11 - 17 April
Meditations for Holy Week; Church of England Bishop in Europe welcomes Brexit extension; and novelist Marilynne Robinson and theologian Rowan Williams in conversation.
April 17 2019
This Easter, Anglican Archbishop of Melbourne and Primate of the Anglican Church of Australia Philip Freier asks us to remember that even in moments of calamity and human failure, Christ offers salvation to all.
Australia's church leaders have shared their reflections on Easter.
Holy Week holds out an invitation to all who will hear it: perhaps not to a mere drama, but to a Passion to end all dramas; not to a story of justice and deserts, but to a story of divine love so exquisite as to exceed and upturn all justice as we know it; not to a theological conundrum to be solved, but to a dangerous and life-threatening journey – a journey of pain, death, discovery and new Life.
A Church of England priest who is head teacher of a Jewish community school in London says Judaism and Christianity are at their closest and at their furthest apart during Holy Week and Easter. “Those of us preaching over the season have an opportunity and a responsibility to challenge narratives, and to be part of the solution rather than the problem,” he writes in Church Times.
Notre Dame Cathedral in Paris is as much a symbol of the recent history of the Roman Catholic Church in Europe as it once was a symbol of the Church’s power and cultural supremacy, writes American Jesuit priest Thomas Reese. The church had been in disrepair for decades. Calls for its restoration went mostly ignored until too late. Now that it is in ashes, people weep for its loss – but much more has been lost than a building.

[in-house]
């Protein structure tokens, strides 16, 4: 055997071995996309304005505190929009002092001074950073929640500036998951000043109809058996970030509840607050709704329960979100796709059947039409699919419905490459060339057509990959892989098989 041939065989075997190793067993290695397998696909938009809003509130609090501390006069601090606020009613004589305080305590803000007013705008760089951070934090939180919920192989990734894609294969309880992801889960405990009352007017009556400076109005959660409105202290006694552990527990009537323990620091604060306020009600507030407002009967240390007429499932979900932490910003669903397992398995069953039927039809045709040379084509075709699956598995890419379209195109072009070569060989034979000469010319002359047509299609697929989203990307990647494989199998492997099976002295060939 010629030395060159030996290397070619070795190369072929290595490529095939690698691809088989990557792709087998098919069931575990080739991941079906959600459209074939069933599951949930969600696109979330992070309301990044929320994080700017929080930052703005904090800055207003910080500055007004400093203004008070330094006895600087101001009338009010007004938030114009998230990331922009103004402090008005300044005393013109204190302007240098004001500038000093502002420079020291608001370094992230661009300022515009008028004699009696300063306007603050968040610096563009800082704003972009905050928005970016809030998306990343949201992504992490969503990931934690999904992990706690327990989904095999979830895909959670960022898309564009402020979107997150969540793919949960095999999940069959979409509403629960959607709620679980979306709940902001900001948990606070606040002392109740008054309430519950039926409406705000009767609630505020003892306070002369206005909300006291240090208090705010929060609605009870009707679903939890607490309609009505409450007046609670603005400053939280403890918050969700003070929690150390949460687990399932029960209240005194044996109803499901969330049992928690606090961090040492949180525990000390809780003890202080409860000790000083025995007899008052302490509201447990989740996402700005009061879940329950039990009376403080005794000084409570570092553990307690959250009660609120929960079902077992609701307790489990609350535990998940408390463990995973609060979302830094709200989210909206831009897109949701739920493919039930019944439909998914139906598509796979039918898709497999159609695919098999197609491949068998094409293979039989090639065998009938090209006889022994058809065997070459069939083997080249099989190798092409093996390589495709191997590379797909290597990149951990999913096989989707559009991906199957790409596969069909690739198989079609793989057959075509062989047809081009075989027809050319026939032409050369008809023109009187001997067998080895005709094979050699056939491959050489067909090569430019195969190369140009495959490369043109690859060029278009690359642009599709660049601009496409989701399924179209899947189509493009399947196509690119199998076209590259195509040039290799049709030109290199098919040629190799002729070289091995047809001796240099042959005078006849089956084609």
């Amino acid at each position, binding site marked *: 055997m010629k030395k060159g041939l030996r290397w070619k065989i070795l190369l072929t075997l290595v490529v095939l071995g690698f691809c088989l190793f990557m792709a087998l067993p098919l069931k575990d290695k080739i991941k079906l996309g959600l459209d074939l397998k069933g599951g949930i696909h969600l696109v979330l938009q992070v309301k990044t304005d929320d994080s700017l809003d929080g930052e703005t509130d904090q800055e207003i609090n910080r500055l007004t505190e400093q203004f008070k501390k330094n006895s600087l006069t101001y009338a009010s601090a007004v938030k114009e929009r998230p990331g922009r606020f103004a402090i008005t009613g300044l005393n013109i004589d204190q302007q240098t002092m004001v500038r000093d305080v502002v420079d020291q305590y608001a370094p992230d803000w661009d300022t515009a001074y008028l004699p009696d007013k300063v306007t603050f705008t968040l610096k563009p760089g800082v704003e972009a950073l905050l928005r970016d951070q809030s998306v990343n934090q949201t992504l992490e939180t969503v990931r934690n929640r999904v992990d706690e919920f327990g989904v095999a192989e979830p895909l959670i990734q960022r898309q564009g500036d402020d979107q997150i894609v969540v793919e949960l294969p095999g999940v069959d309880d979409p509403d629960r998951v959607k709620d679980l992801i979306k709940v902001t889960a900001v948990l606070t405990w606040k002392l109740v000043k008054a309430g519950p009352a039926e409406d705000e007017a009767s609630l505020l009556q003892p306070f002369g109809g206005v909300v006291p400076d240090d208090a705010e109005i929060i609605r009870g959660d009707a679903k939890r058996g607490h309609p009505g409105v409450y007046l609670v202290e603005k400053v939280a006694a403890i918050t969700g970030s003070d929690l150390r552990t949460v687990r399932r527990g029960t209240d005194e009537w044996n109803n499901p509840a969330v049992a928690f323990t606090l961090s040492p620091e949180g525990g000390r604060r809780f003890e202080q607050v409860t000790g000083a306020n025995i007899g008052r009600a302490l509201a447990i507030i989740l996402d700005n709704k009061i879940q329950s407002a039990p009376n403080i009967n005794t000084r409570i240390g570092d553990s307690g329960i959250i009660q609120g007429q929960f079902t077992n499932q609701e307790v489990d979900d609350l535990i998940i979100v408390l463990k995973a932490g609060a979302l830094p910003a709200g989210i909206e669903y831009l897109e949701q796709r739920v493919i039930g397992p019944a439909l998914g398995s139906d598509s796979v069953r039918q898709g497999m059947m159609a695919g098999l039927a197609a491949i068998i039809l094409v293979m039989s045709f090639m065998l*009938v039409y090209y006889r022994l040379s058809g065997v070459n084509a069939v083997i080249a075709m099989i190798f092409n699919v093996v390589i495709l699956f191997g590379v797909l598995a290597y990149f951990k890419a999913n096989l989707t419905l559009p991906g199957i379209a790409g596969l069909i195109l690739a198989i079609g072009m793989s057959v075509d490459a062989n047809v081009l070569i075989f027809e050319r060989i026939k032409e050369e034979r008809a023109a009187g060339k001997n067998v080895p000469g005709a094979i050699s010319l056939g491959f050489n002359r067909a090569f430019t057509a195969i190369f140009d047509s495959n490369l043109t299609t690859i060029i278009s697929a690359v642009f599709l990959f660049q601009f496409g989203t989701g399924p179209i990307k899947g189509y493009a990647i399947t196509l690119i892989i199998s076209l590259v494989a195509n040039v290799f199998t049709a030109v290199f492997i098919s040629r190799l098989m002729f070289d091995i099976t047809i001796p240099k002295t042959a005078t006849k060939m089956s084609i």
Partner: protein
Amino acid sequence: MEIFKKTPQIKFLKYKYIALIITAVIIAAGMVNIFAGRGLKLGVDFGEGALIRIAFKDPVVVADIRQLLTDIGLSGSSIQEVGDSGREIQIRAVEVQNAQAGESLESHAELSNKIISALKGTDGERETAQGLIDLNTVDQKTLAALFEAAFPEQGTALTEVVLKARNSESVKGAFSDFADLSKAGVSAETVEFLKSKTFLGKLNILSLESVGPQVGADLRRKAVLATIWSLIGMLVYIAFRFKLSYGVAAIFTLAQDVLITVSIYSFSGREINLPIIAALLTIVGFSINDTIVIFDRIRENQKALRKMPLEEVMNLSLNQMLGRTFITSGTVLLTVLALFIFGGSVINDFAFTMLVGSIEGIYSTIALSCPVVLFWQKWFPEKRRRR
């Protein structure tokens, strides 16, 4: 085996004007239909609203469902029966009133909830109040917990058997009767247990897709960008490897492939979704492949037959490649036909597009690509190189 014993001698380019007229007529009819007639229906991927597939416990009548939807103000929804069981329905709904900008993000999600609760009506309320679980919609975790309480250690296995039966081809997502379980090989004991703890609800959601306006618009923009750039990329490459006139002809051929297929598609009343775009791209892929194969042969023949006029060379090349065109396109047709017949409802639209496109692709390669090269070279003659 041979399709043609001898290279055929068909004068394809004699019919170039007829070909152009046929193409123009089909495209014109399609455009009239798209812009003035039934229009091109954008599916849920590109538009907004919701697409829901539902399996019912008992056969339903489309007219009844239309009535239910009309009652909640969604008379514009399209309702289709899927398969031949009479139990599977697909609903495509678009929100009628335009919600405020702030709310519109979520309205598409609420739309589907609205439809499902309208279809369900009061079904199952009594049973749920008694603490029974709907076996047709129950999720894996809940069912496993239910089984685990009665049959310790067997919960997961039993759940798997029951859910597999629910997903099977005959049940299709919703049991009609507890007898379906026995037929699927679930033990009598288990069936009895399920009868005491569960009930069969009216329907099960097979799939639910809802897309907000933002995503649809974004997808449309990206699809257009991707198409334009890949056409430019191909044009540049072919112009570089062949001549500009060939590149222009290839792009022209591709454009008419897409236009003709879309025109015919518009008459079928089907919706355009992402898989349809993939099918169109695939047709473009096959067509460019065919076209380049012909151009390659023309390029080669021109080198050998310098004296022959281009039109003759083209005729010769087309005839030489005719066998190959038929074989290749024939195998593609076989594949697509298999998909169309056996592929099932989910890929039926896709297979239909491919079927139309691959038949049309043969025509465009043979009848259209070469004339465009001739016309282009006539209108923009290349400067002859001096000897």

All four gospels are concerned with telling the story of how God became king, in and through the story of Jesus of Nazareth – a story which has the kingdom and the cross as its main coordinates, writes theologian N.T. Wright.
Paul Tyson, a Senior Research Fellow at the Institute for Advanced Studies in the Humanities at the University of Queensland, asks: what does Scott Morrison's politics tell us about the relationship between faith and power?
An ecumenical spiritual retreat led by the Archbishop of Canterbury and Pope Francis at the Vatican has ended with the Pope kissing the feet of South Sudan’s political leaders. The unprecedented two-day retreat was organised in an effort to support the country’s fragile peace deal after six years of civil war in the world’s newest country.
The leader of the Church of England’s Diocese in Europe, Bishop Robert Innes, has welcomed the Brexit extension granted to the UK last week by European Union leaders, saying that “a damaging no-deal outcome appears to be receding”. The Brussels-based Bishop looks after C of E’s 42nd and most extensive diocese – covering almost 300 congregations in more than 40 countries across Europe plus Turkey, Morocco and Russia – as well as representing the Archbishop of Canterbury at EU institutions.
This conversation between novelist Marilynne Robinson and theologian Rowan Williams, which took place as part of a conference in the US on the theological significance of Robinson’s work, explores how imaginative work, particularly fiction, provides insight into the divine, how the church can be more open to the transformative powers of the arts, and how to give more attention and value to “ordinariness”.
Will the Easter eggs you give this year be ethical? Fairtrade or other ethical certifications are a credible assurance that chocolate producers receive fair terms of trade and fair prices for their cocoa. They also ensure that a series of legitimate steps have been taken to improve working conditions across a supply chain on a global scale. Here’s a guide to help you make sure that the eggs you buy are ethical.